China’s central bank is putting the brakes on efforts to replace in-person bank account creation with authentication based on facial recognition, according to a Caixin Online article by Zhang Yuzhe and Wang Yuqian. Through an official, the central bank has indicated that it won’t permit the practice until the technology can be proven reliable for such a purpose.
Moreover, the official said “it is hard to set a timetable for this,” indicating that such a move certainly wouldn’t be imminent. As such, Chinese banks will continue to be required to maintain the practice of having customers open new accounts in person. According to the article, a Ministry of Public Security official indicated that the central bank’s concerns revolve around the transmission of biometric data, with an academic at Peking University echoing concerns about such systems being “very vulnerable to hacker interception and duplication.”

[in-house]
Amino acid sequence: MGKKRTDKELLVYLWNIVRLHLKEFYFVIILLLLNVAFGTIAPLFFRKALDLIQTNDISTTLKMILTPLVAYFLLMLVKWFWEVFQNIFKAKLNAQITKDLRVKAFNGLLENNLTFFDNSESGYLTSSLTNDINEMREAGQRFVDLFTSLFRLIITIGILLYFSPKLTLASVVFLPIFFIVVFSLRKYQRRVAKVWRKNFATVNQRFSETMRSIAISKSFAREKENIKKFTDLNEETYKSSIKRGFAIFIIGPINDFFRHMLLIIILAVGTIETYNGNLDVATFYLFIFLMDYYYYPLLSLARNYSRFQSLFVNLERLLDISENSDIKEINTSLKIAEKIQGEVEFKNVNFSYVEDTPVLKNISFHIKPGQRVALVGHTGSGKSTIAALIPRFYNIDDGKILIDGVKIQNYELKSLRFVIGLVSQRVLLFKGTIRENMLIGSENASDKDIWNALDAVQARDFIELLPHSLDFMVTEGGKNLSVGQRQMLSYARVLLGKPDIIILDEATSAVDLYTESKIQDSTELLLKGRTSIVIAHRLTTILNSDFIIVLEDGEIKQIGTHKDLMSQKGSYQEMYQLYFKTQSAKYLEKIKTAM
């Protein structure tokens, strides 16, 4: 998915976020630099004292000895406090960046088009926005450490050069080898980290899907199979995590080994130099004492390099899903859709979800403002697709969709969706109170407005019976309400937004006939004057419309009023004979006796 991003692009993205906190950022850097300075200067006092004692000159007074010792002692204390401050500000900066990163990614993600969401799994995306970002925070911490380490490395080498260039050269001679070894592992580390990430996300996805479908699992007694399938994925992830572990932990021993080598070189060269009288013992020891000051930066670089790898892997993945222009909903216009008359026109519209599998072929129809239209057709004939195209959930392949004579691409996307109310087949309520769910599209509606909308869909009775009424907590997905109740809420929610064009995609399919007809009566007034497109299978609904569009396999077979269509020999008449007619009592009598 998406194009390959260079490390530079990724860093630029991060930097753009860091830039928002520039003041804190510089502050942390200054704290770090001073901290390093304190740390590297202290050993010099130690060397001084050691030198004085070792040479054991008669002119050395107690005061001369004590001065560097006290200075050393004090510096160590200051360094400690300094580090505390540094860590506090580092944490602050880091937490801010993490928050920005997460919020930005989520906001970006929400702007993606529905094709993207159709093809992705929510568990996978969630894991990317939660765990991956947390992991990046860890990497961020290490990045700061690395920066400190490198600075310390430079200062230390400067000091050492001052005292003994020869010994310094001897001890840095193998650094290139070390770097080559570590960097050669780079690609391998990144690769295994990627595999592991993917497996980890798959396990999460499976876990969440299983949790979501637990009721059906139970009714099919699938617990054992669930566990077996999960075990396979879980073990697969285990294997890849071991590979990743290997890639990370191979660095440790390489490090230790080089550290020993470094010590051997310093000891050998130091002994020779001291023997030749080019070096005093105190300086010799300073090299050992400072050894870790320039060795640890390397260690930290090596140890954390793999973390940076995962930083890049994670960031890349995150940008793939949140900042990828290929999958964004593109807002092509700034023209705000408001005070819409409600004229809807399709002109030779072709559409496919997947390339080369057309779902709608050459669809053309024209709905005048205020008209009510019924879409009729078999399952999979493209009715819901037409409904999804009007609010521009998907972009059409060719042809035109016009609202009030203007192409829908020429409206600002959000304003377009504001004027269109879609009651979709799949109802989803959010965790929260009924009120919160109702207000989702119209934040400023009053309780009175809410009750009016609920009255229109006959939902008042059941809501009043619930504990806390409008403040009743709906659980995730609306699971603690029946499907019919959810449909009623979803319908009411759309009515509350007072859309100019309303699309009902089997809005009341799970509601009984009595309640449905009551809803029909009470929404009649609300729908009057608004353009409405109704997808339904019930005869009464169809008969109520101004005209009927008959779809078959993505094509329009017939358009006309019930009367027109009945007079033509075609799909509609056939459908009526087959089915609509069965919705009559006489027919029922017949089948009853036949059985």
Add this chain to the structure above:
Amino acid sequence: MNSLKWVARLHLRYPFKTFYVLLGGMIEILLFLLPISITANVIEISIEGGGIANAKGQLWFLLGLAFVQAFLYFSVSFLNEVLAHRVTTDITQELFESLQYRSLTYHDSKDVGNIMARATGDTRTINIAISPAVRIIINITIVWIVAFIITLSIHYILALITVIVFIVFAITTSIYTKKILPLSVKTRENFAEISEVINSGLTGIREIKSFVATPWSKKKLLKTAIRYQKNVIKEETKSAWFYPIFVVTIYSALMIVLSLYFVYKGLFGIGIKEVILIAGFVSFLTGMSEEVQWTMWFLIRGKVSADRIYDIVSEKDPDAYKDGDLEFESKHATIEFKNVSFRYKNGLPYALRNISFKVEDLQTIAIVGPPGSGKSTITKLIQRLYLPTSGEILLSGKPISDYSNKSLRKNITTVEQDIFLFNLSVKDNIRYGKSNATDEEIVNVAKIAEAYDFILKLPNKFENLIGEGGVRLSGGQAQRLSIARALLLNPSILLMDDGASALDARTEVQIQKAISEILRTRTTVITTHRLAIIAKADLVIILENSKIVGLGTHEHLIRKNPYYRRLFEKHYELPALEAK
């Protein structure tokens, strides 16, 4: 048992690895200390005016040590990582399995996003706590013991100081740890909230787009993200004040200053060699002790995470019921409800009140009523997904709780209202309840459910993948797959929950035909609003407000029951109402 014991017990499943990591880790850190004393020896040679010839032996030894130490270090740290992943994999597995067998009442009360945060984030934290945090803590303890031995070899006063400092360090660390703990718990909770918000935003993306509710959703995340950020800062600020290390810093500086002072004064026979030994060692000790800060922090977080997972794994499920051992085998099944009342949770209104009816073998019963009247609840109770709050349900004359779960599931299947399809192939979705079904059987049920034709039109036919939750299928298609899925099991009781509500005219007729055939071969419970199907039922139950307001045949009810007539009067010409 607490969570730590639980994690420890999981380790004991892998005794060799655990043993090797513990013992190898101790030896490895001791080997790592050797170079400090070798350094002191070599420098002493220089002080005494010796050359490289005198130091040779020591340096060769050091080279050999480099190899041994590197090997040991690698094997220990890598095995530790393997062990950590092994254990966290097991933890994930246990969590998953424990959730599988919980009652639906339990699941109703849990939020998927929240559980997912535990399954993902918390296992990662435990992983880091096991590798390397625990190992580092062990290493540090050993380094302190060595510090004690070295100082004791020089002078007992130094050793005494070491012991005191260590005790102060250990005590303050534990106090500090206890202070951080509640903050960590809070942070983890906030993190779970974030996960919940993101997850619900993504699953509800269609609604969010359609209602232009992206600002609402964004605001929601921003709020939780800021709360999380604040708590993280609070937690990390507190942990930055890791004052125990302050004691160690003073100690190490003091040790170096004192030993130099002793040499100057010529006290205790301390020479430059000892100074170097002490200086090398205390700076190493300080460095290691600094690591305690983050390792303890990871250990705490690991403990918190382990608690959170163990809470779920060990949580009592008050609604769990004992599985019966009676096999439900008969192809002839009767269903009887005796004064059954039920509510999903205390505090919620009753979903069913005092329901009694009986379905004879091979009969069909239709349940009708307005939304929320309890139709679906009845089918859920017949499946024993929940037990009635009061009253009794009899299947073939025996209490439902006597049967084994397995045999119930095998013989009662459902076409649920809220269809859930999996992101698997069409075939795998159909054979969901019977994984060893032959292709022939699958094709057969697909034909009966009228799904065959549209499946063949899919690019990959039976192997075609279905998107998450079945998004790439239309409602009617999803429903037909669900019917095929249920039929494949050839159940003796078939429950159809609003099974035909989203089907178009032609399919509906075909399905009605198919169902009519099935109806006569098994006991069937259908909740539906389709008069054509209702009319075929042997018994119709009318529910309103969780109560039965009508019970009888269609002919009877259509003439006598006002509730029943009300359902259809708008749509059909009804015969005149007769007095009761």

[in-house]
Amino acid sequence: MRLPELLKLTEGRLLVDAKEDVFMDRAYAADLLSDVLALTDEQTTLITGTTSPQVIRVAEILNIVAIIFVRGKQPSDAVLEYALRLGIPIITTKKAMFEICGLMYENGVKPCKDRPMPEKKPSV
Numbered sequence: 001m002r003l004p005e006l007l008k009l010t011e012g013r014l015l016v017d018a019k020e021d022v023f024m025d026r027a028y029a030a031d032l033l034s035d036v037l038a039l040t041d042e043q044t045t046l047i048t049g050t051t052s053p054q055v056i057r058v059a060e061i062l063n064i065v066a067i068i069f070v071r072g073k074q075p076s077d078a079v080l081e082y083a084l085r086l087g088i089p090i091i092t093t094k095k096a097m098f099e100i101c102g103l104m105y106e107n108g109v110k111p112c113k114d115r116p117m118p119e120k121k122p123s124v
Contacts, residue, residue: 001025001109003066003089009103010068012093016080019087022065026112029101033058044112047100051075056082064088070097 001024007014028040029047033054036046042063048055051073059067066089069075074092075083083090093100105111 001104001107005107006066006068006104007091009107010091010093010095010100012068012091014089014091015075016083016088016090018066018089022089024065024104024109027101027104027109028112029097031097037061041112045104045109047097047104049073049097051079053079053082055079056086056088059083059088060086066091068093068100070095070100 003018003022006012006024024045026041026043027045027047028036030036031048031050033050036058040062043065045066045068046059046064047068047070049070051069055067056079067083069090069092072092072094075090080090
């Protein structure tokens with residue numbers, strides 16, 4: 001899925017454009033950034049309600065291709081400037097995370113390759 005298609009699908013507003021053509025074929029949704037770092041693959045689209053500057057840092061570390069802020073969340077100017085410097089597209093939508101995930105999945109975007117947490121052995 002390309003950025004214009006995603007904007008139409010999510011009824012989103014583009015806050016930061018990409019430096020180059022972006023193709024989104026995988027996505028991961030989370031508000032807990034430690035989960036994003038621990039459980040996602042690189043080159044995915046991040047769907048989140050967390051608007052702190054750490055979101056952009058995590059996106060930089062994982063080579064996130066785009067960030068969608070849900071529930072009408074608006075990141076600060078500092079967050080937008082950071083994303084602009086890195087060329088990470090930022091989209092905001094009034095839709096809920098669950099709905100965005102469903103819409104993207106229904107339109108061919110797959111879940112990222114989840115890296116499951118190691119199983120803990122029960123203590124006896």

It is perhaps a minor setback for organizations like Ant Financial Services Group, which is trying to pioneer the use of facial recognition technology in securing payments for its Alipay mobile payment platform; it certainly doesn’t help their case to have such a restriction on the practice. But the central bank hasn’t given any indication that such biometric authentication can’t be used for mobile transactions undertaken by individuals who already have bank accounts. And given that a number of foreign-based competitors poised to launch in China this year already use biometric authentication for their own mPayment platforms, it seems unlikely that Chinese officials would go ahead with any further restrictions with respect to such technologies.
May 27, 2015 – by Alex Perala